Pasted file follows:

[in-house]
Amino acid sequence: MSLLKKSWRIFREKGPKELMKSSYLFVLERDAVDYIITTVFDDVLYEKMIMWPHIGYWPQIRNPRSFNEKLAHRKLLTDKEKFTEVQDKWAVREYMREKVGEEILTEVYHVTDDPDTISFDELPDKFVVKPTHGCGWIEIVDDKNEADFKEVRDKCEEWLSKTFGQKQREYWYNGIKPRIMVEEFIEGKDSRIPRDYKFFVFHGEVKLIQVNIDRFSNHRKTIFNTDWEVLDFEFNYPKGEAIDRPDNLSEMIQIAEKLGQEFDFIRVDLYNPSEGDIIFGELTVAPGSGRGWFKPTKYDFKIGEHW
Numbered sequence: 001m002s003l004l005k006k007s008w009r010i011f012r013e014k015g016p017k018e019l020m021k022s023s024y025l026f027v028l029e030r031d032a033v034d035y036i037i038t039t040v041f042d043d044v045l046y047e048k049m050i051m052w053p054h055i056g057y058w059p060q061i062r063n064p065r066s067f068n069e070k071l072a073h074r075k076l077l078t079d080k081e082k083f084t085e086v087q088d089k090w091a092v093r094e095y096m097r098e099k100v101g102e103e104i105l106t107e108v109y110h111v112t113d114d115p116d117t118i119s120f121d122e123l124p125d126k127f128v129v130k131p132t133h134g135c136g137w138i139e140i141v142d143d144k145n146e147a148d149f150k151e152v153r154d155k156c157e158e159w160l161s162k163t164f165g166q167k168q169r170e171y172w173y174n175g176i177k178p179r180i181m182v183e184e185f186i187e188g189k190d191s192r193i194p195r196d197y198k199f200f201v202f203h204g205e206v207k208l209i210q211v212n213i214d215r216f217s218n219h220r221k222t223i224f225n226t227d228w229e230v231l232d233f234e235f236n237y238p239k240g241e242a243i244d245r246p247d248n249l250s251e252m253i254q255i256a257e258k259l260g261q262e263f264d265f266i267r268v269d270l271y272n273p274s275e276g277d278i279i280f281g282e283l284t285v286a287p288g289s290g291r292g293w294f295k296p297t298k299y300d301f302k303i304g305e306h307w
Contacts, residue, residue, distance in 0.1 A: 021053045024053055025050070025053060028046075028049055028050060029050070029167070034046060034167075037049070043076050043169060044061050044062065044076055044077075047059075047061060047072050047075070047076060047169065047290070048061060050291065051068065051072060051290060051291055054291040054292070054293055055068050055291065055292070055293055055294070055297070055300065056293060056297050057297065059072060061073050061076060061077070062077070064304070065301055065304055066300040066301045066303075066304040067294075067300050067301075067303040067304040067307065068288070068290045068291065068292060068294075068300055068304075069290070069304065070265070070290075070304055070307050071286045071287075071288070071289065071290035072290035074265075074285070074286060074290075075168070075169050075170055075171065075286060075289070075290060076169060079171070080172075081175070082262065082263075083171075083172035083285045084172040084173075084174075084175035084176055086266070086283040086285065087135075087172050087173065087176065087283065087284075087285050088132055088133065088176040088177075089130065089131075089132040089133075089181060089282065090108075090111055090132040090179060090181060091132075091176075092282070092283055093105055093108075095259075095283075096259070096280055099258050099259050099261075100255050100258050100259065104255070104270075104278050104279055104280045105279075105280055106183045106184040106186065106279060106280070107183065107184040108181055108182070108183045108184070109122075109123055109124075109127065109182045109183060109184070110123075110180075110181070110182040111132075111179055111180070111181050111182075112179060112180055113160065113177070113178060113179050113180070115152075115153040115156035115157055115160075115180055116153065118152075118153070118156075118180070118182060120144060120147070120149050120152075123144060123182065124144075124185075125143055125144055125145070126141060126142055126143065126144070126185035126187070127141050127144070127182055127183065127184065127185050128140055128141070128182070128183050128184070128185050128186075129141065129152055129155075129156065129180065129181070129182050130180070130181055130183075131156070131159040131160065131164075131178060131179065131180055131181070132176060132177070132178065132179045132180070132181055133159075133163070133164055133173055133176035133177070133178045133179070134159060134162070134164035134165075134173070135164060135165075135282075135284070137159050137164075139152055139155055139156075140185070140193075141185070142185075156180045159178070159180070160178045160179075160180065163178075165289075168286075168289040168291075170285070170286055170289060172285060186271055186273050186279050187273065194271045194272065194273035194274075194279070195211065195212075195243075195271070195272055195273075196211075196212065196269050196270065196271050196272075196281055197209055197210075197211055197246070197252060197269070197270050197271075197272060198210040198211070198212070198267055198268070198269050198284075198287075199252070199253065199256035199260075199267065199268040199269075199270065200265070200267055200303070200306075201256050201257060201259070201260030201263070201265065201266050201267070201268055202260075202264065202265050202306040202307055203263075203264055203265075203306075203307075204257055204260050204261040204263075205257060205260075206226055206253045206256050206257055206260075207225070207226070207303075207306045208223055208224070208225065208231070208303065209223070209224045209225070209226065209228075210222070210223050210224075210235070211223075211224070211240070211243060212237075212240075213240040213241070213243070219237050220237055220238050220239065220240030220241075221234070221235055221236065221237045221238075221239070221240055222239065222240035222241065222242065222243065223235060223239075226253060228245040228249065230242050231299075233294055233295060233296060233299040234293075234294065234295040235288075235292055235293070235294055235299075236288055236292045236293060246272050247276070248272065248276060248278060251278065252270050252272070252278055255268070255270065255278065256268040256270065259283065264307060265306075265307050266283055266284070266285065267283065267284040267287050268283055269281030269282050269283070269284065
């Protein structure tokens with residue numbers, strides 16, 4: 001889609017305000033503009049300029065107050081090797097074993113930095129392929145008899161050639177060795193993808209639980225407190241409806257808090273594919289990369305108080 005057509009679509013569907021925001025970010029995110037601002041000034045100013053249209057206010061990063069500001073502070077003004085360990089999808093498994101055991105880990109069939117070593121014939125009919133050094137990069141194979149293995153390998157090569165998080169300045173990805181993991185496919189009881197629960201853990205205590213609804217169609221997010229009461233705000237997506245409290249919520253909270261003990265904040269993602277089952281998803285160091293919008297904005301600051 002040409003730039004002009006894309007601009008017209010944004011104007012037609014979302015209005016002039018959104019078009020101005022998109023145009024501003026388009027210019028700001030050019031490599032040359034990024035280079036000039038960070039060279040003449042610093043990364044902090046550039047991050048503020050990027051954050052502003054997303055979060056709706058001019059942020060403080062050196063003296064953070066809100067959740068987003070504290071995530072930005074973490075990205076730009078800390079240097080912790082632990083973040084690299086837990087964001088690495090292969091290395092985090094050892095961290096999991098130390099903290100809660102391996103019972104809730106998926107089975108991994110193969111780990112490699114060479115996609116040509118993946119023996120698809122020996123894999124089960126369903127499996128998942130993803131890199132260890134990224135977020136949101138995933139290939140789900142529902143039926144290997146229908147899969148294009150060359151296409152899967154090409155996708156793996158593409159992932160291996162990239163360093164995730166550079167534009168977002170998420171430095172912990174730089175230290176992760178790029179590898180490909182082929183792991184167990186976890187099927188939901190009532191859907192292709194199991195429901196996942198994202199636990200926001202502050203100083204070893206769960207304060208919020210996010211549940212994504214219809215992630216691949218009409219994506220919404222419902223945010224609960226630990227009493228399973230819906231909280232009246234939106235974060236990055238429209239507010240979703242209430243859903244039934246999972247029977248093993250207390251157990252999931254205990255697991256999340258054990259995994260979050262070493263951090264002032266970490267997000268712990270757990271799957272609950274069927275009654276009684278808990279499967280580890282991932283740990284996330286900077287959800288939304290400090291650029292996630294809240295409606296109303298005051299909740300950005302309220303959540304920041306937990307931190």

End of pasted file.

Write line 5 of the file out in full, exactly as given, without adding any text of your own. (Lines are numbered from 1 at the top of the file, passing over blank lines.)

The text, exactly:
């Protein structure tokens with residue numbers, strides 16, 4: 001889609017305000033503009049300029065107050081090797097074993113930095129392929145008899161050639177060795193993808209639980225407190241409806257808090273594919289990369305108080 005057509009679509013569907021925001025970010029995110037601002041000034045100013053249209057206010061990063069500001073502070077003004085360990089999808093498994101055991105880990109069939117070593121014939125009919133050094137990069141194979149293995153390998157090569165998080169300045173990805181993991185496919189009881197629960201853990205205590213609804217169609221997010229009461233705000237997506245409290249919520253909270261003990265904040269993602277089952281998803285160091293919008297904005301600051 002040409003730039004002009006894309007601009008017209010944004011104007012037609014979302015209005016002039018959104019078009020101005022998109023145009024501003026388009027210019028700001030050019031490599032040359034990024035280079036000039038960070039060279040003449042610093043990364044902090046550039047991050048503020050990027051954050052502003054997303055979060056709706058001019059942020060403080062050196063003296064953070066809100067959740068987003070504290071995530072930005074973490075990205076730009078800390079240097080912790082632990083973040084690299086837990087964001088690495090292969091290395092985090094050892095961290096999991098130390099903290100809660102391996103019972104809730106998926107089975108991994110193969111780990112490699114060479115996609116040509118993946119023996120698809122020996123894999124089960126369903127499996128998942130993803131890199132260890134990224135977020136949101138995933139290939140789900142529902143039926144290997146229908147899969148294009150060359151296409152899967154090409155996708156793996158593409159992932160291996162990239163360093164995730166550079167534009168977002170998420171430095172912990174730089175230290176992760178790029179590898180490909182082929183792991184167990186976890187099927188939901190009532191859907192292709194199991195429901196996942198994202199636990200926001202502050203100083204070893206769960207304060208919020210996010211549940212994504214219809215992630216691949218009409219994506220919404222419902223945010224609960226630990227009493228399973230819906231909280232009246234939106235974060236990055238429209239507010240979703242209430243859903244039934246999972247029977248093993250207390251157990252999931254205990255697991256999340258054990259995994260979050262070493263951090264002032266970490267997000268712990270757990271799957272609950274069927275009654276009684278808990279499967280580890282991932283740990284996330286900077287959800288939304290400090291650029292996630294809240295409606296109303298005051299909740300950005302309220303959540304920041306937990307931190």